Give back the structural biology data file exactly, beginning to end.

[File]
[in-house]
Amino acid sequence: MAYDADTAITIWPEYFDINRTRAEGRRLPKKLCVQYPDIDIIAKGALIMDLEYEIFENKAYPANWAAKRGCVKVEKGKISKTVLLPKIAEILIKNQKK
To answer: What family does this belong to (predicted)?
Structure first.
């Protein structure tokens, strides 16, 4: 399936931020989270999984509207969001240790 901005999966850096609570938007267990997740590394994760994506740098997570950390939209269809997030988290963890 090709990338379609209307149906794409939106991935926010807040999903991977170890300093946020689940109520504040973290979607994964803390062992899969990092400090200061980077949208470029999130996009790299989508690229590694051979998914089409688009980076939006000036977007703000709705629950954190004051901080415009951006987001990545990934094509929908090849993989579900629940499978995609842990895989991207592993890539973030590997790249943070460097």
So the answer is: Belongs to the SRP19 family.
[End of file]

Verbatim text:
[in-house]
Amino acid sequence: MAYDADTAITIWPEYFDINRTRAEGRRLPKKLCVQYPDIDIIAKGALIMDLEYEIFENKAYPANWAAKRGCVKVEKGKISKTVLLPKIAEILIKNQKK
To answer: What family does this belong to (predicted)?
Structure first.
């Protein structure tokens, strides 16, 4: 399936931020989270999984509207969001240790 901005999966850096609570938007267990997740590394994760994506740098997570950390939209269809997030988290963890 090709990338379609209307149906794409939106991935926010807040999903991977170890300093946020689940109520504040973290979607994964803390062992899969990092400090200061980077949208470029999130996009790299989508690229590694051979998914089409688009980076939006000036977007703000709705629950954190004051901080415009951006987001990545990934094509929908090849993989579900629940499978995609842990895989991207592993890539973030590997790249943070460097």
So the answer is: Belongs to the SRP19 family.